Bone tenderness is the most obvious finding on physical examination.  Superficial bones like the shin may also demonstrate local swelling or feel warm to the touch.  Bones that are close to joints may demonstrate tenderness with gentle range of motion. An evaluation of limb biomechanics and gait analysis are also important in identifying any additional risk factors such as muscular imbalance, limb length discrepancy, or excessive pronation.   

Although a stress fracture is usually suspected after a thorough history and physical examination, imaging studies are typically required to confirm the diagnosis.  Plain X-rays of the involved bone are many times negative in identifying the fracture in the first 2-4 weeks. This is because bones do not show signs of healing on an X-ray until approximately 4-6 weeks after the onset of symptoms, and even then, the findings may be very subtle.  In these cases, an MRI of the involved bone will usually provide early visual evidence of the fracture. MRI’s are more sensitive in the early phases, and have the ability to show inflammation at the site of the fracture that plain x-rays cannot see.  


Once diagnosed, the first step in treating stress fractures is to identify the cause.  Hormonal imbalances and nutritional issues must be resolved. Training and equipment errors should also be addressed.  Shoe selection, training conditions, workout intensity and volume should all be analyzed by an experienced trainer or coach!  Most cases are directly related to overuse and poor recovery. In these cases, strict avoidance of impact activity, dialing back your workout schedule, and using non-impact cross-training exercises to maintain fitness are usually successful in allowing the body to heal.  

Time to healing is very dependent on the bone involved, but in most cases 6 weeks of activity modification is sufficient.  There are now “anti-gravity” treadmills and aqua-therapy programs that are designed specifically for the treatment of stress fractures.  Pneumatic bracing has also shown promise in returning athletes to sport faster. Additionally, some “hard to treat” fractures may benefit from electrical or ultrasound stimulation, which has been shown to speed healing by up to 20% in some cases.  Very rarely do stress fractures go on to become surgical problems. However, in cases of missed diagnosis, improper treatment, or fractures involving “high risk” bones such as the hip, the complication rate may be higher.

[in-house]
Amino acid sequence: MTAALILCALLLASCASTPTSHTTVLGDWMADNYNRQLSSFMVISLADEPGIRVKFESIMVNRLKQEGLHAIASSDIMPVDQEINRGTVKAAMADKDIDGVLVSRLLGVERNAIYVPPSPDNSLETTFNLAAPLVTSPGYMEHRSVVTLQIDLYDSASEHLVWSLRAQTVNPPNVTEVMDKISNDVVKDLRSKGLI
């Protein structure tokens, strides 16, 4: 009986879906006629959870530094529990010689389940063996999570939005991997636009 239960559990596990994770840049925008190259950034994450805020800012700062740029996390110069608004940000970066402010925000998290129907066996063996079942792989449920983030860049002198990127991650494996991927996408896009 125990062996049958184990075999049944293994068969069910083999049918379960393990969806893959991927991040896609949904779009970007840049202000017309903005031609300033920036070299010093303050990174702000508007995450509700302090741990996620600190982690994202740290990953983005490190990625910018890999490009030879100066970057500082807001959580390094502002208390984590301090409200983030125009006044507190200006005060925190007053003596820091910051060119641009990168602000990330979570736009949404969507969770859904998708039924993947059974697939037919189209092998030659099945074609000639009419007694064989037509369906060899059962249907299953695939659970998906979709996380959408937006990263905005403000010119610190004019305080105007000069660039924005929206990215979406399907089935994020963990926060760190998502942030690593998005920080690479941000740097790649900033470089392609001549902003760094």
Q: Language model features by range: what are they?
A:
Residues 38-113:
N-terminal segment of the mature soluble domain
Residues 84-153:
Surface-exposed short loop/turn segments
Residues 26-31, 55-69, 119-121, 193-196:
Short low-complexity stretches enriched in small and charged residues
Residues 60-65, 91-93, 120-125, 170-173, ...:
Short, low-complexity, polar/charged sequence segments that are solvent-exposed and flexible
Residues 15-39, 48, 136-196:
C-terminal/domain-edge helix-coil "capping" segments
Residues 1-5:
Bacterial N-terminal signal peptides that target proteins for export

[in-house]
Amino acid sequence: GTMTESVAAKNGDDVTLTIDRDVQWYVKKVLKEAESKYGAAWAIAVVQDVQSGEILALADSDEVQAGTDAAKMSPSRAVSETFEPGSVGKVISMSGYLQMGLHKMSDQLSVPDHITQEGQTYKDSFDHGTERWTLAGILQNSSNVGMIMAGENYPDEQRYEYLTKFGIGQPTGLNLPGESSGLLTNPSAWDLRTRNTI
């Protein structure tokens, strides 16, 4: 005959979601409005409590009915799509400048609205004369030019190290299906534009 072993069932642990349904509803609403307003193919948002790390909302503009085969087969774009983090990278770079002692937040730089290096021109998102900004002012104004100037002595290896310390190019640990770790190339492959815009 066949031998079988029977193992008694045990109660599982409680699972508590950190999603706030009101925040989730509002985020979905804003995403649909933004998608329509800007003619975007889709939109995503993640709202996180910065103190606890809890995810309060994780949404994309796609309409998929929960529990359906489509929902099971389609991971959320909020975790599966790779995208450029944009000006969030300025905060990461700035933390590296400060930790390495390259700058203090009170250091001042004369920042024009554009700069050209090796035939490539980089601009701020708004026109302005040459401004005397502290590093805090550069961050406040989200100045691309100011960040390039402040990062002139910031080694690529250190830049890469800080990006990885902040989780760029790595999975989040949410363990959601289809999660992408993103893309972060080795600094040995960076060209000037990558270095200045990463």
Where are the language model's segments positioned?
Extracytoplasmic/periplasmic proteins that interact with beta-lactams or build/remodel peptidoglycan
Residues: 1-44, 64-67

In summary, stress fractures are caused by repetitive overuse that exceeds the healing ability of bone.  Training errors are the most common predisposing factors, although other factors such as hormonal and nutritional imbalances, poor equipment, and biomechanical abnormalities should not be overlooked.  Early diagnosis is key for a rapid return to sport, and generally treatment involves little more than activity modification. That being said; prevention is the best medicine! Give yourself adequate rest and recovery time, and listen to your body!  Whatever your sport, have a great season, and stay healthy!

Brad Bernardini, MD, FAAOS Fellowship Trained and Double Board Certified Orthopedic Surgeon and Sports Medicine Specialist